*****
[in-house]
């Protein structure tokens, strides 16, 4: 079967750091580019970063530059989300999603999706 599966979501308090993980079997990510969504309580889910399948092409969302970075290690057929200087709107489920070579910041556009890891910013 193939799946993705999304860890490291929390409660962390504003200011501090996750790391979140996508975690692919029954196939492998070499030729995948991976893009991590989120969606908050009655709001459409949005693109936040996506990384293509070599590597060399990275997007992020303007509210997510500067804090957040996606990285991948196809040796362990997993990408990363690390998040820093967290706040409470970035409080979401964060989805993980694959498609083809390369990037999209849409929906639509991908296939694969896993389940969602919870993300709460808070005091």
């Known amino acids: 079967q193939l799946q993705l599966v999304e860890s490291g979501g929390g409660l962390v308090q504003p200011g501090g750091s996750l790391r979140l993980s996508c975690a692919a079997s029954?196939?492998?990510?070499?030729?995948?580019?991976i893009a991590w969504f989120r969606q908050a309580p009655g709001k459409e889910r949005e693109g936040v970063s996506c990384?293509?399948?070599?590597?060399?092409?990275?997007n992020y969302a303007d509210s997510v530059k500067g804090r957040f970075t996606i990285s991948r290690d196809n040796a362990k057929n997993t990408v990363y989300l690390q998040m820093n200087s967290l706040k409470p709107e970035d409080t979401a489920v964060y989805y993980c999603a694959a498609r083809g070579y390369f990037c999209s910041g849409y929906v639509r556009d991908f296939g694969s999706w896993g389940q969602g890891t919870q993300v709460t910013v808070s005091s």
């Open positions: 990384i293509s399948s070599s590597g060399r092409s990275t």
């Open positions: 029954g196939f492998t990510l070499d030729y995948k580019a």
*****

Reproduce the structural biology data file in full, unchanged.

[in-house]
């Protein structure tokens, strides 16, 4: 079967750091580019970063530059989300999603999706 599966979501308090993980079997990510969504309580889910399948092409969302970075290690057929200087709107489920070579910041556009890891910013 193939799946993705999304860890490291929390409660962390504003200011501090996750790391979140996508975690692919029954196939492998070499030729995948991976893009991590989120969606908050009655709001459409949005693109936040996506990384293509070599590597060399990275997007992020303007509210997510500067804090957040996606990285991948196809040796362990997993990408990363690390998040820093967290706040409470970035409080979401964060989805993980694959498609083809390369990037999209849409929906639509991908296939694969896993389940969602919870993300709460808070005091």
């Known amino acids: 079967q193939l799946q993705l599966v999304e860890s490291g979501g929390g409660l962390v308090q504003p200011g501090g750091s996750l790391r979140l993980s996508c975690a692919a079997s029954?196939?492998?990510?070499?030729?995948?580019?991976i893009a991590w969504f989120r969606q908050a309580p009655g709001k459409e889910r949005e693109g936040v970063s996506c990384?293509?399948?070599?590597?060399?092409?990275?997007n992020y969302a303007d509210s997510v530059k500067g804090r957040f970075t996606i990285s991948r290690d196809n040796a362990k057929n997993t990408v990363y989300l690390q998040m820093n200087s967290l706040k409470p709107e970035d409080t979401a489920v964060y989805y993980c999603a694959a498609r083809g070579y390369f990037c999209s910041g849409y929906v639509r556009d991908f296939g694969s999706w896993g389940q969602g890891t919870q993300v709460t910013v808070s005091s």
């Open positions: 990384i293509s399948s070599s590597g060399r092409s990275t």
């Open positions: 029954g196939f492998t990510l070499d030729y995948k580019a």